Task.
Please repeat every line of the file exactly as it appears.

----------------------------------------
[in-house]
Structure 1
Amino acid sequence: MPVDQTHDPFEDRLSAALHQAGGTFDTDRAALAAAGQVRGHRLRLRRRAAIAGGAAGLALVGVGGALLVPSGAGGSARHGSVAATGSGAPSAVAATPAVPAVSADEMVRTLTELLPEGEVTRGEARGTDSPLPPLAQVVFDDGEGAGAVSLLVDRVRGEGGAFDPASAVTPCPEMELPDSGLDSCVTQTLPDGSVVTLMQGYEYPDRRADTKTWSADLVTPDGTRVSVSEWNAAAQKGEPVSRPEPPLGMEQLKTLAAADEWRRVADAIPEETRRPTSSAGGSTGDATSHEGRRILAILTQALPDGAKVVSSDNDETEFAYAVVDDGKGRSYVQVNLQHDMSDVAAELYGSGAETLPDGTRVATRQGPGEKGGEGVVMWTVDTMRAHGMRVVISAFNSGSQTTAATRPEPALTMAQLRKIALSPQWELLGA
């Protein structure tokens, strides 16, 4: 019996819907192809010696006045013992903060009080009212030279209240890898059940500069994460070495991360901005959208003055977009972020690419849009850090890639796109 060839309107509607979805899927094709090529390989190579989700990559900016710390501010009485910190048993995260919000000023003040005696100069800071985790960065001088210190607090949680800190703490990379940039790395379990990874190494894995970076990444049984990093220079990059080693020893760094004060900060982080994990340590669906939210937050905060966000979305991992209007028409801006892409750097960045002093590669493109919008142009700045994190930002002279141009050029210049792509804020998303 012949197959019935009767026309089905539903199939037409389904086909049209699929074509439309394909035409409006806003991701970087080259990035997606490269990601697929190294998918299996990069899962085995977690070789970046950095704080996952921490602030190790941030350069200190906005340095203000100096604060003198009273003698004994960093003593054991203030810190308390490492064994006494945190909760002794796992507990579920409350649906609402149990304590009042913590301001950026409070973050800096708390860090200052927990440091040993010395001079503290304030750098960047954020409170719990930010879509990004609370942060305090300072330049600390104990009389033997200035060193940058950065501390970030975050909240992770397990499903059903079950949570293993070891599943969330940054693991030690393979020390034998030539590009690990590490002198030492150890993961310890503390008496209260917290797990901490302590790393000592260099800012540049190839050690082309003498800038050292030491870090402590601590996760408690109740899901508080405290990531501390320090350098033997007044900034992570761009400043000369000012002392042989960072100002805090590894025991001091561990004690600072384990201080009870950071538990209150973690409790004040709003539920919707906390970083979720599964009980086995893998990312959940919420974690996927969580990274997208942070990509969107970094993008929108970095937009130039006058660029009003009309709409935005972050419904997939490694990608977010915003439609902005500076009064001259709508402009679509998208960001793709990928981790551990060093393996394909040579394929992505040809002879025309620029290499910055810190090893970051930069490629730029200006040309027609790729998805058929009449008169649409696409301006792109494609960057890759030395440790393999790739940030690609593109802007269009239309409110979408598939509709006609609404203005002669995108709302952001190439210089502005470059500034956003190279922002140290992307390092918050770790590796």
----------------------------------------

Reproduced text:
[in-house]
Structure 1
Amino acid sequence: MPVDQTHDPFEDRLSAALHQAGGTFDTDRAALAAAGQVRGHRLRLRRRAAIAGGAAGLALVGVGGALLVPSGAGGSARHGSVAATGSGAPSAVAATPAVPAVSADEMVRTLTELLPEGEVTRGEARGTDSPLPPLAQVVFDDGEGAGAVSLLVDRVRGEGGAFDPASAVTPCPEMELPDSGLDSCVTQTLPDGSVVTLMQGYEYPDRRADTKTWSADLVTPDGTRVSVSEWNAAAQKGEPVSRPEPPLGMEQLKTLAAADEWRRVADAIPEETRRPTSSAGGSTGDATSHEGRRILAILTQALPDGAKVVSSDNDETEFAYAVVDDGKGRSYVQVNLQHDMSDVAAELYGSGAETLPDGTRVATRQGPGEKGGEGVVMWTVDTMRAHGMRVVISAFNSGSQTTAATRPEPALTMAQLRKIALSPQWELLGA
């Protein structure tokens, strides 16, 4: 019996819907192809010696006045013992903060009080009212030279209240890898059940500069994460070495991360901005959208003055977009972020690419849009850090890639796109 060839309107509607979805899927094709090529390989190579989700990559900016710390501010009485910190048993995260919000000023003040005696100069800071985790960065001088210190607090949680800190703490990379940039790395379990990874190494894995970076990444049984990093220079990059080693020893760094004060900060982080994990340590669906939210937050905060966000979305991992209007028409801006892409750097960045002093590669493109919008142009700045994190930002002279141009050029210049792509804020998303 012949197959019935009767026309089905539903199939037409389904086909049209699929074509439309394909035409409006806003991701970087080259990035997606490269990601697929190294998918299996990069899962085995977690070789970046950095704080996952921490602030190790941030350069200190906005340095203000100096604060003198009273003698004994960093003593054991203030810190308390490492064994006494945190909760002794796992507990579920409350649906609402149990304590009042913590301001950026409070973050800096708390860090200052927990440091040993010395001079503290304030750098960047954020409170719990930010879509990004609370942060305090300072330049600390104990009389033997200035060193940058950065501390970030975050909240992770397990499903059903079950949570293993070891599943969330940054693991030690393979020390034998030539590009690990590490002198030492150890993961310890503390008496209260917290797990901490302590790393000592260099800012540049190839050690082309003498800038050292030491870090402590601590996760408690109740899901508080405290990531501390320090350098033997007044900034992570761009400043000369000012002392042989960072100002805090590894025991001091561990004690600072384990201080009870950071538990209150973690409790004040709003539920919707906390970083979720599964009980086995893998990312959940919420974690996927969580990274997208942070990509969107970094993008929108970095937009130039006058660029009003009309709409935005972050419904997939490694990608977010915003439609902005500076009064001259709508402009679509998208960001793709990928981790551990060093393996394909040579394929992505040809002879025309620029290499910055810190090893970051930069490629730029200006040309027609790729998805058929009449008169649409696409301006792109494609960057890759030395440790393999790739940030690609593109802007269009239309409110979408598939509709006609609404203005002669995108709302952001190439210089502005470059500034956003190279922002140290992307390092918050770790590796």